Rajapakse called the election two months ahead of schedule after his resounding victory in a presidential vote in January.
Opposition parties have accused Rajapakse's United People's Freedom Alliance (UPFA) of violating campaign norms and warned that Thursday's vote would not be free and fair, with his main political rival also behind bars.
But the charges are unlikely to have any major impact on voter intentions, which show a clear preference for the ruling party as it basks in the glow of Rajapakse's victory over the Tigers last May.
The crushing of the Liberation Tigers of Tamil Eelam (LTTE), which had been fighting for an ethnic Tamil homeland since 1972, was a major factor behind Rajapakse's re-election in January.
"We defeated the conspiracy to divide the country," Rajapakse told a rally Monday. "Now is the time to make Sri Lanka the wonder of Asia."
While the UPFA is predicted to win more than half the 225 seats in parliament, it is unlikely to secure the two-thirds majority Rajapakse has called for in order to amend the constitution.Despite the Tigers' defeat in May, security will be tight, with 20,000 troops on duty to reinforce police at polling stations around the country.
More than 14 million people are eligible to vote, with a total of 7,620 candidates from 36 political parties and 10 independent groups running for parliament.
Rajapakse's nationalistic rhetoric appeals to the majority Sinhalese community to which he belongs, but has been criticised by rights groups who accuse the president of suppressing dissent as he seeks to expand his already substantial power.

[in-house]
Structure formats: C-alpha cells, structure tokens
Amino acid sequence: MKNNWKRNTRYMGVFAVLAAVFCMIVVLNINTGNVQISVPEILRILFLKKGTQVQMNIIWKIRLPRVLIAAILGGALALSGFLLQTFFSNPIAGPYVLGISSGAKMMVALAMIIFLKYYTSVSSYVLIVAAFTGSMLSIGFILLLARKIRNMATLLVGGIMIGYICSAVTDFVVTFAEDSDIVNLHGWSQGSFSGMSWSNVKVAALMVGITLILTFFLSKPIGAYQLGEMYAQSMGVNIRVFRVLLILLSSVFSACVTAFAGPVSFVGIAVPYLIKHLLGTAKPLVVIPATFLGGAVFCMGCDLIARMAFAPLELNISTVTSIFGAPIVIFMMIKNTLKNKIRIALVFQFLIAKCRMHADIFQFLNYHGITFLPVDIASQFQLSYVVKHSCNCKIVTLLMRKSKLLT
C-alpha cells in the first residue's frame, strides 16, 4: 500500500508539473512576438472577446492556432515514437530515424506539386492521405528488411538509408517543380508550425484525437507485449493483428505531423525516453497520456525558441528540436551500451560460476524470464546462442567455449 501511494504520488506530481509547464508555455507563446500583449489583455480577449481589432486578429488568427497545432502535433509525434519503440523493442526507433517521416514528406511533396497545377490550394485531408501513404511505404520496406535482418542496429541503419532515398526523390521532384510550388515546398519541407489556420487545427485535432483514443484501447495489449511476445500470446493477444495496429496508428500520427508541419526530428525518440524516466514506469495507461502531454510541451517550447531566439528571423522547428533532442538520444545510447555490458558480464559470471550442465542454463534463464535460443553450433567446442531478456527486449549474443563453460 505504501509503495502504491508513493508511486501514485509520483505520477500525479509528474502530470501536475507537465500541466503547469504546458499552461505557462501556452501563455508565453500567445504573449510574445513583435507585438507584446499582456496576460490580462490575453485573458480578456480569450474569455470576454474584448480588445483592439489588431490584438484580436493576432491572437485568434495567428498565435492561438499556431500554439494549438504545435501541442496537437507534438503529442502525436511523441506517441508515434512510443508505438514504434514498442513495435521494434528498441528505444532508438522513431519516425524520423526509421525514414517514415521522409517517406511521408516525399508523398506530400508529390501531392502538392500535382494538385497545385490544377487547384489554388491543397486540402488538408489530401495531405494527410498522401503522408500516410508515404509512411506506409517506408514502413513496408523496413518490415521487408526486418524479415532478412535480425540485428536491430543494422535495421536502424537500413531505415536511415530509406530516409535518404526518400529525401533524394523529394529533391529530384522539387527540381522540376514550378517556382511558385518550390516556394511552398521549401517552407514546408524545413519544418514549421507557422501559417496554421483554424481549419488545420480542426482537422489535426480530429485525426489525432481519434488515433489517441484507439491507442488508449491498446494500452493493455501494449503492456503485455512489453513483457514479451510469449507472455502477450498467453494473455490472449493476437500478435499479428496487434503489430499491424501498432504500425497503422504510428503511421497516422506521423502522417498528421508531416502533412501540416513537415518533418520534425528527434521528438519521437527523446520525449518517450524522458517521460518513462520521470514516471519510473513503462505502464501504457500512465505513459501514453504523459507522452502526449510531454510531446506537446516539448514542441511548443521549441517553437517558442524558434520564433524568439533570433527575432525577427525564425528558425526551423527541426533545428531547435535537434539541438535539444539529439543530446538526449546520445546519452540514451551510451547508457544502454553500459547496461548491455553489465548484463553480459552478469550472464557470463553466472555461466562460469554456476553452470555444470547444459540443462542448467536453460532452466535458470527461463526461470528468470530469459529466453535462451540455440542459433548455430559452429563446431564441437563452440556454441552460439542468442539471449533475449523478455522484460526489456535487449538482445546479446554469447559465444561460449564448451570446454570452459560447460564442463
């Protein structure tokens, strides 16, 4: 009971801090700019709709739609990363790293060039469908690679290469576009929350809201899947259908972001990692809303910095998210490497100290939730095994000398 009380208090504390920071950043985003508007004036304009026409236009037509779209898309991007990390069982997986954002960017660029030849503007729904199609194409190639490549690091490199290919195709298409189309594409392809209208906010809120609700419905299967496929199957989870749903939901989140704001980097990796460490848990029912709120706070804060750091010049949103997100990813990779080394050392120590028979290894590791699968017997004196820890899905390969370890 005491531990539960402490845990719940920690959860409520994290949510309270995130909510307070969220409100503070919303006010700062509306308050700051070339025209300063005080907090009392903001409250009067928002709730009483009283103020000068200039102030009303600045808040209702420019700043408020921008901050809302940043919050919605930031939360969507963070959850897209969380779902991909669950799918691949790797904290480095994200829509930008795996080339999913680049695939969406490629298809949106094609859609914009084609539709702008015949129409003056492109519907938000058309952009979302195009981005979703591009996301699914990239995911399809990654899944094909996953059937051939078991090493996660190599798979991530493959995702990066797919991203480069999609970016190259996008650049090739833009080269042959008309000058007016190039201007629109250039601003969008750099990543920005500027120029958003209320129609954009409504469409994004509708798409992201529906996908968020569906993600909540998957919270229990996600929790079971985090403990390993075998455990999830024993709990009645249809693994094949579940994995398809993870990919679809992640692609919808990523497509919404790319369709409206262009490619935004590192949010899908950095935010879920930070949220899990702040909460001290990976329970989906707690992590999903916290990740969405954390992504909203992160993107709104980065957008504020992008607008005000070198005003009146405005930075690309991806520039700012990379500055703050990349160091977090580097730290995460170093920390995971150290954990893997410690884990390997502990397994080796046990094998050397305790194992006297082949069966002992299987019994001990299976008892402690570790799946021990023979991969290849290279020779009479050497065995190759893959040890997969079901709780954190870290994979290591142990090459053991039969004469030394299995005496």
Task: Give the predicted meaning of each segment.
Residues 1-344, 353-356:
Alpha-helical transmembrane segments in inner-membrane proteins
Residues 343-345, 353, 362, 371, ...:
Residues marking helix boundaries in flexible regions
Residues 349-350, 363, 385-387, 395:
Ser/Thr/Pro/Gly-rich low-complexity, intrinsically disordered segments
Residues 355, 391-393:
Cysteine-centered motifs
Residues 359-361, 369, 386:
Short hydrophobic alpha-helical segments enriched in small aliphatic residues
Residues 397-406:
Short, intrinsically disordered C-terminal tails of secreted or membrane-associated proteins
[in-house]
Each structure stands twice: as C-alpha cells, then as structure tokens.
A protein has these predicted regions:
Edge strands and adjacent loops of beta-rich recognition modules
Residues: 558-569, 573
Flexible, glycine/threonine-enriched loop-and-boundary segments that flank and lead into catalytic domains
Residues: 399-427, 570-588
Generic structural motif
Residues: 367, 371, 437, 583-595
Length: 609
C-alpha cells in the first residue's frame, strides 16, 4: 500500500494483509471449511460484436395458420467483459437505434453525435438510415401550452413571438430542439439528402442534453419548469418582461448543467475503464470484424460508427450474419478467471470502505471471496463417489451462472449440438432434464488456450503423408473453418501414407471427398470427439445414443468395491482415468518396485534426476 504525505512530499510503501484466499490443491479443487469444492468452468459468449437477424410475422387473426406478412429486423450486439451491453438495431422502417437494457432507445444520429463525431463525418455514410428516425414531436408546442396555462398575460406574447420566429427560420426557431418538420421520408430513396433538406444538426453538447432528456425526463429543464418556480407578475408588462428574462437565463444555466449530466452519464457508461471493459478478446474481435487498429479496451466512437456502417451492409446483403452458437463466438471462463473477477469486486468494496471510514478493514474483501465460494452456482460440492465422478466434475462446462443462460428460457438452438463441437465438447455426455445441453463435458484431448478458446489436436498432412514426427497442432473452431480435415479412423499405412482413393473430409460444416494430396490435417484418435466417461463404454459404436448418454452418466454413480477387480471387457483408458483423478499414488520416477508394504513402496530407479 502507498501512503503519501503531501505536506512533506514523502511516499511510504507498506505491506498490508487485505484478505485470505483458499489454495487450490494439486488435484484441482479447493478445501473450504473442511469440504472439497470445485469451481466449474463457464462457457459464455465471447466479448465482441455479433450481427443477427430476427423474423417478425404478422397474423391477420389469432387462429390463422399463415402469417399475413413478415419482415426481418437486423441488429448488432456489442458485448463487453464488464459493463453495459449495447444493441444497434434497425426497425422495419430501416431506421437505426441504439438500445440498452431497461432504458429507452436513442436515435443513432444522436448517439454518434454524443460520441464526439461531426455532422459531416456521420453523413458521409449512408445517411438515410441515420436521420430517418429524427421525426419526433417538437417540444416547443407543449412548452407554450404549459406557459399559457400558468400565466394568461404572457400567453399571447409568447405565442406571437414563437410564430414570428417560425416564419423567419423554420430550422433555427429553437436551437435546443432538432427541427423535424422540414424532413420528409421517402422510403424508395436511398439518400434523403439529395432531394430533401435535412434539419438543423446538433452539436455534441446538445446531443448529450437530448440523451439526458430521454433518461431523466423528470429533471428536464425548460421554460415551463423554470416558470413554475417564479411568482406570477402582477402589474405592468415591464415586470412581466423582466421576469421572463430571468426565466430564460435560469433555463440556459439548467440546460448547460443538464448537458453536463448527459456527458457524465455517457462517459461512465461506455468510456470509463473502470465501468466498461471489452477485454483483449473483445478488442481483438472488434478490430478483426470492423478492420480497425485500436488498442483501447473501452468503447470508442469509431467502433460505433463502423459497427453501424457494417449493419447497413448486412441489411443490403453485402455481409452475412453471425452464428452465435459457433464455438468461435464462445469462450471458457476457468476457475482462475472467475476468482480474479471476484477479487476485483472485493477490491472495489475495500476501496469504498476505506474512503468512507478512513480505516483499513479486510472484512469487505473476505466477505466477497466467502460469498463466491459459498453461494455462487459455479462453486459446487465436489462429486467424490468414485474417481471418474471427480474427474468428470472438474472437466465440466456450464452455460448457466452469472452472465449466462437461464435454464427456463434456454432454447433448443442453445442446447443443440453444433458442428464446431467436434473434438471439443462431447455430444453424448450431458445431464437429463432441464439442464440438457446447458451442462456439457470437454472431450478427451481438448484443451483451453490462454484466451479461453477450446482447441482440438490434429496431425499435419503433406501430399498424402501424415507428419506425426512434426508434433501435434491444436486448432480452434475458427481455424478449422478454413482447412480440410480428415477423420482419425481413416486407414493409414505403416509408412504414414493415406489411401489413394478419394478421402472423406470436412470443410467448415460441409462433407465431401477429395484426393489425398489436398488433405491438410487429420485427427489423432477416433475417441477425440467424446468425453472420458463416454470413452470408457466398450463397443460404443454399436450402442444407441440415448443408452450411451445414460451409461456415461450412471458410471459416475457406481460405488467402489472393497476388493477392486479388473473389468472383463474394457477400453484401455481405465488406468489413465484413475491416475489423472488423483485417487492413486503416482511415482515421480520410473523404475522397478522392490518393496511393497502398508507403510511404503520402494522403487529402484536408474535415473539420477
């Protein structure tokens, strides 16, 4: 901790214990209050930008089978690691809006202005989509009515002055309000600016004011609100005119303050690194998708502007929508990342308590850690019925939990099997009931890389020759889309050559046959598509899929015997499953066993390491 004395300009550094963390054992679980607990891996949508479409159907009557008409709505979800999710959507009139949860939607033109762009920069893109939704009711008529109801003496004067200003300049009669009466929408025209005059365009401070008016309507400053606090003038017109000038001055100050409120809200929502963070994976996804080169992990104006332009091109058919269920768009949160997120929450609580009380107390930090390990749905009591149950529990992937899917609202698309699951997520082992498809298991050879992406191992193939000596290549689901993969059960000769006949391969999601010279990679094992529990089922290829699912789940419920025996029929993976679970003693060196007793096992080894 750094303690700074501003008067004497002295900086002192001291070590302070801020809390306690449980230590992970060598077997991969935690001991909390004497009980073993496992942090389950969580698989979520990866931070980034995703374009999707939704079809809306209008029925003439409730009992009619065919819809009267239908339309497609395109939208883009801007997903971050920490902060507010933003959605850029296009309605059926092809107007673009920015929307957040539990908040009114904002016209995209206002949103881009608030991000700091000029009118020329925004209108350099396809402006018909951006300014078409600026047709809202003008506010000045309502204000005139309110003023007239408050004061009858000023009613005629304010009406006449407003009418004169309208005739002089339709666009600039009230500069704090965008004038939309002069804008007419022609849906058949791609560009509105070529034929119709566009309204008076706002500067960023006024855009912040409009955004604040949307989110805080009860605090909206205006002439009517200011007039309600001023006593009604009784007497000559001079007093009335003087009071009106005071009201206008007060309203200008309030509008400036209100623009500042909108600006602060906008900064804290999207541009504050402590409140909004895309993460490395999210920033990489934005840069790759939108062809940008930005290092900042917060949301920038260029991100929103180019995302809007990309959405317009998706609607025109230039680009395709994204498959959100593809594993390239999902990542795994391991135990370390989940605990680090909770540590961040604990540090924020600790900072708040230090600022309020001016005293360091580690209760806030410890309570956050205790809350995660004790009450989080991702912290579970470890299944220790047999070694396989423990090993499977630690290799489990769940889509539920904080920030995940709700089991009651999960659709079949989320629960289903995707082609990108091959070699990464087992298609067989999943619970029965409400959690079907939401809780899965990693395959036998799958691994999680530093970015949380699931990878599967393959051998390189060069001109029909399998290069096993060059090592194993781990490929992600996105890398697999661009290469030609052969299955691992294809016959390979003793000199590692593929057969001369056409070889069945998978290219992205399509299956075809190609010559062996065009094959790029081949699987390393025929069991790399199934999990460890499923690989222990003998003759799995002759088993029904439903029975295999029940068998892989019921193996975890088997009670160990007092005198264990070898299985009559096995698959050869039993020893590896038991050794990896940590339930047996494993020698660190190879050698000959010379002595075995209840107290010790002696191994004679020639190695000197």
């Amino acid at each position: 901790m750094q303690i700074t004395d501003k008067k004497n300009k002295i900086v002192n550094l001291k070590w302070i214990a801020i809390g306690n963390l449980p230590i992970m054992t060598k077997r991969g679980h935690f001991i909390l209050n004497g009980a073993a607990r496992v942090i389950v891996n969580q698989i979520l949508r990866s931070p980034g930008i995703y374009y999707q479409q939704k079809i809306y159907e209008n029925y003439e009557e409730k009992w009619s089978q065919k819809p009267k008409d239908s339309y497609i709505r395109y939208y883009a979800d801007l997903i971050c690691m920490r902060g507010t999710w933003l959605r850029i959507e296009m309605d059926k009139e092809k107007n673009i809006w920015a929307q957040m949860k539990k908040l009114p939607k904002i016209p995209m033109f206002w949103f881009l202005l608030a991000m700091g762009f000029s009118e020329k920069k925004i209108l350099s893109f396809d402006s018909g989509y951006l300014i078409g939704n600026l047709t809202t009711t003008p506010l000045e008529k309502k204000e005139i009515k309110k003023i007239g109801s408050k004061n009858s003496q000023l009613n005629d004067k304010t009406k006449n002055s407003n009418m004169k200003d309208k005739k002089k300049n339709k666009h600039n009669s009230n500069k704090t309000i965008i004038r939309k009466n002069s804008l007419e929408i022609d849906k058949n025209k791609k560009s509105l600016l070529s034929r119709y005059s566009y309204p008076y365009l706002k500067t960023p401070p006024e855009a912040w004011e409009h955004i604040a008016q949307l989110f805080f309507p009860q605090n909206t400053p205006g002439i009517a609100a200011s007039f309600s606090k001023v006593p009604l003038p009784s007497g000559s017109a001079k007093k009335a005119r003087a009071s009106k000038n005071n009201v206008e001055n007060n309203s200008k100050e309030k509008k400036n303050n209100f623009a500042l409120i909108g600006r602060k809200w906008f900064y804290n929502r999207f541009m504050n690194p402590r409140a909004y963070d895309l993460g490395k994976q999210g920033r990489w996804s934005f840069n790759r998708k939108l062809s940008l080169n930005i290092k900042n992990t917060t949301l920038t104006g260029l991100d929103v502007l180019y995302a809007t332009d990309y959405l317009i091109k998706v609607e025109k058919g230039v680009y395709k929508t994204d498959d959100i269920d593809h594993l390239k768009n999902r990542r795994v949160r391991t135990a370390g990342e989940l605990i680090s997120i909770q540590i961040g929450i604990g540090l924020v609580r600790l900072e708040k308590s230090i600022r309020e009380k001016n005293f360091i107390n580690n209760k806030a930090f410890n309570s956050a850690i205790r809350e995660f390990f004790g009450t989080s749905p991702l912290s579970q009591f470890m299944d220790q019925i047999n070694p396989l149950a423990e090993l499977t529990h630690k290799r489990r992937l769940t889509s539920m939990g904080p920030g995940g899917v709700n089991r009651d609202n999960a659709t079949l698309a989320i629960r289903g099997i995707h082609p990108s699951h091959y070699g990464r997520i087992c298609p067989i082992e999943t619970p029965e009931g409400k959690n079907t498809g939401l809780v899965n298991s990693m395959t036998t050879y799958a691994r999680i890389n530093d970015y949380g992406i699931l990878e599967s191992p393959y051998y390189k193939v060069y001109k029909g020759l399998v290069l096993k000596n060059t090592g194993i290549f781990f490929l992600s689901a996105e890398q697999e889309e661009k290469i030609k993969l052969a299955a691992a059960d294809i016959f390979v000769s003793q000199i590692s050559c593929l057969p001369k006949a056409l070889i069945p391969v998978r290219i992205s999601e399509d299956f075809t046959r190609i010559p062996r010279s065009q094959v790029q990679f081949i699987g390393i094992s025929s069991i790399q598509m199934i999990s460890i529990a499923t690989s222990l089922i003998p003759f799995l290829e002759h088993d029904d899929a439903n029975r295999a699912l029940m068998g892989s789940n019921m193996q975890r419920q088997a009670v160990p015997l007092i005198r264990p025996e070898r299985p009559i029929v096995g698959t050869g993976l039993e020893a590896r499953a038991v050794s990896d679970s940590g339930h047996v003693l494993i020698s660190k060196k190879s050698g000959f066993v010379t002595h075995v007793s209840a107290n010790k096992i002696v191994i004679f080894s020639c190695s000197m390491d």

Less than two weeks after his re-election, Rajapakse ordered the arrest and detention of his defeated rival, former army chief Sarath Fonseka. Dozens of Fonseka supporters were also taken into custody.
Fonseka, who led Rajapakse's military campaign against the Tamil Tigers, is currently under court martial and will contest the vote from his cell at Navy headquarters.
Opposition parties were largely united behind Fonseka in his campaign for the presidency, but his arrest broke the fragile bond keeping them together, hampering their ability to provide a real challenge in the parliamentary poll.
On the eve of voting, the main opposition United National Party (UNP) accused the government of using state-owned vehicles and buildings for campaigning and turning the government-run media into a party mouthpiece.
"There was suppression of private media. Journalists were attacked and abducted by those connected to the government," UNP leader and former prime minister Ranil Wickremesinghe told reporters.
"Some feel there is no point in voting because their votes will not make a difference due to rigging," Wickremesinghe said. "We appeal to the people to go and vote. Please. There is an opportunity to change the government."
He accused the police of failing to implement election laws and favouring ruling party candidates, a charge already denied by the authorities.
Elections Commissioner Dayananda Dissanayake has gone on record saying the police and civil servants ignored some of his directives to ensure a fair poll.
Wide expectations of a ruling party win has fuelled predictions of a low turnout following a campaign that the private Sunday Island weekly called the "most excruciatingly boring" since independence.